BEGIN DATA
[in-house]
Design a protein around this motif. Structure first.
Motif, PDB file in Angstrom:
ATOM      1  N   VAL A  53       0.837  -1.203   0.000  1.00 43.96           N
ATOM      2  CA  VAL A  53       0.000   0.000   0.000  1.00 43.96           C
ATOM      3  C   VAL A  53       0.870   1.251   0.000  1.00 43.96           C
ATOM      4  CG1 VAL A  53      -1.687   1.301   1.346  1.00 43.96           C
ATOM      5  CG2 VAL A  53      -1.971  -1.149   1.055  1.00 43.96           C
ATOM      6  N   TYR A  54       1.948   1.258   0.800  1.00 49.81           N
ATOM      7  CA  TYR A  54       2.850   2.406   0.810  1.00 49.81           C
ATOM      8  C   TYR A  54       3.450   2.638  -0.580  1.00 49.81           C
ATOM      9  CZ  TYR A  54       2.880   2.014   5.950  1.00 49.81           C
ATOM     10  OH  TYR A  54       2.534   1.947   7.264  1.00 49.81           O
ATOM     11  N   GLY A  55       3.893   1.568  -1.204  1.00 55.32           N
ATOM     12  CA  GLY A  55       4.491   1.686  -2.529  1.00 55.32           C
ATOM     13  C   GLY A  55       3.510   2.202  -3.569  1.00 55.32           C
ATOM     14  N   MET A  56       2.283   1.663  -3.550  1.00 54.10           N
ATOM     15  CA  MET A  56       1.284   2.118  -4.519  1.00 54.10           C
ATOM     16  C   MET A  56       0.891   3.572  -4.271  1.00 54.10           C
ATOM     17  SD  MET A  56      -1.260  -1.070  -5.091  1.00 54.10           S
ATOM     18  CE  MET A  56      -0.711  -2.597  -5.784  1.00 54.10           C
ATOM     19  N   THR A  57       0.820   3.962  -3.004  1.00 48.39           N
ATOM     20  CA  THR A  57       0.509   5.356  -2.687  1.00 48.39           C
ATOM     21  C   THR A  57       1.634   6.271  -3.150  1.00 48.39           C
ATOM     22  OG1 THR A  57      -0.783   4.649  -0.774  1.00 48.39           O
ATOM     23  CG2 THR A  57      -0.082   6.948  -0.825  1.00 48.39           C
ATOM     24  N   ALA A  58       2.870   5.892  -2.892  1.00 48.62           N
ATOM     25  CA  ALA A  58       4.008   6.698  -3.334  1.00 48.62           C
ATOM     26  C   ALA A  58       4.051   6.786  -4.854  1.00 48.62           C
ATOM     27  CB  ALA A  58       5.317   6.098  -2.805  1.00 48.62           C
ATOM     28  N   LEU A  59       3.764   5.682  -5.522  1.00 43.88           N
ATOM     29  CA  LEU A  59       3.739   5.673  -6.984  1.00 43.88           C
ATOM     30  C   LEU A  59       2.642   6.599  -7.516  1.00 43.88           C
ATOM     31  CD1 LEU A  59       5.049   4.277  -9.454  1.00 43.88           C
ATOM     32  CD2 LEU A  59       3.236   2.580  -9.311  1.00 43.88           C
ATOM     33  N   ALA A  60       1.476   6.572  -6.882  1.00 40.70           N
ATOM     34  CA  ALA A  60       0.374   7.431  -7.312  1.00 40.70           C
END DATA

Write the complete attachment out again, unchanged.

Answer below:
[in-house]
Design a protein around this motif. Structure first.
Motif, PDB file in Angstrom:
ATOM      1  N   VAL A  53       0.837  -1.203   0.000  1.00 43.96           N
ATOM      2  CA  VAL A  53       0.000   0.000   0.000  1.00 43.96           C
ATOM      3  C   VAL A  53       0.870   1.251   0.000  1.00 43.96           C
ATOM      4  CG1 VAL A  53      -1.687   1.301   1.346  1.00 43.96           C
ATOM      5  CG2 VAL A  53      -1.971  -1.149   1.055  1.00 43.96           C
ATOM      6  N   TYR A  54       1.948   1.258   0.800  1.00 49.81           N
ATOM      7  CA  TYR A  54       2.850   2.406   0.810  1.00 49.81           C
ATOM      8  C   TYR A  54       3.450   2.638  -0.580  1.00 49.81           C
ATOM      9  CZ  TYR A  54       2.880   2.014   5.950  1.00 49.81           C
ATOM     10  OH  TYR A  54       2.534   1.947   7.264  1.00 49.81           O
ATOM     11  N   GLY A  55       3.893   1.568  -1.204  1.00 55.32           N
ATOM     12  CA  GLY A  55       4.491   1.686  -2.529  1.00 55.32           C
ATOM     13  C   GLY A  55       3.510   2.202  -3.569  1.00 55.32           C
ATOM     14  N   MET A  56       2.283   1.663  -3.550  1.00 54.10           N
ATOM     15  CA  MET A  56       1.284   2.118  -4.519  1.00 54.10           C
ATOM     16  C   MET A  56       0.891   3.572  -4.271  1.00 54.10           C
ATOM     17  SD  MET A  56      -1.260  -1.070  -5.091  1.00 54.10           S
ATOM     18  CE  MET A  56      -0.711  -2.597  -5.784  1.00 54.10           C
ATOM     19  N   THR A  57       0.820   3.962  -3.004  1.00 48.39           N
ATOM     20  CA  THR A  57       0.509   5.356  -2.687  1.00 48.39           C
ATOM     21  C   THR A  57       1.634   6.271  -3.150  1.00 48.39           C
ATOM     22  OG1 THR A  57      -0.783   4.649  -0.774  1.00 48.39           O
ATOM     23  CG2 THR A  57      -0.082   6.948  -0.825  1.00 48.39           C
ATOM     24  N   ALA A  58       2.870   5.892  -2.892  1.00 48.62           N
ATOM     25  CA  ALA A  58       4.008   6.698  -3.334  1.00 48.62           C
ATOM     26  C   ALA A  58       4.051   6.786  -4.854  1.00 48.62           C
ATOM     27  CB  ALA A  58       5.317   6.098  -2.805  1.00 48.62           C
ATOM     28  N   LEU A  59       3.764   5.682  -5.522  1.00 43.88           N
ATOM     29  CA  LEU A  59       3.739   5.673  -6.984  1.00 43.88           C
ATOM     30  C   LEU A  59       2.642   6.599  -7.516  1.00 43.88           C
ATOM     31  CD1 LEU A  59       5.049   4.277  -9.454  1.00 43.88           C
ATOM     32  CD2 LEU A  59       3.236   2.580  -9.311  1.00 43.88           C
ATOM     33  N   ALA A  60       1.476   6.572  -6.882  1.00 40.70           N
ATOM     34  CA  ALA A  60       0.374   7.431  -7.312  1.00 40.70           C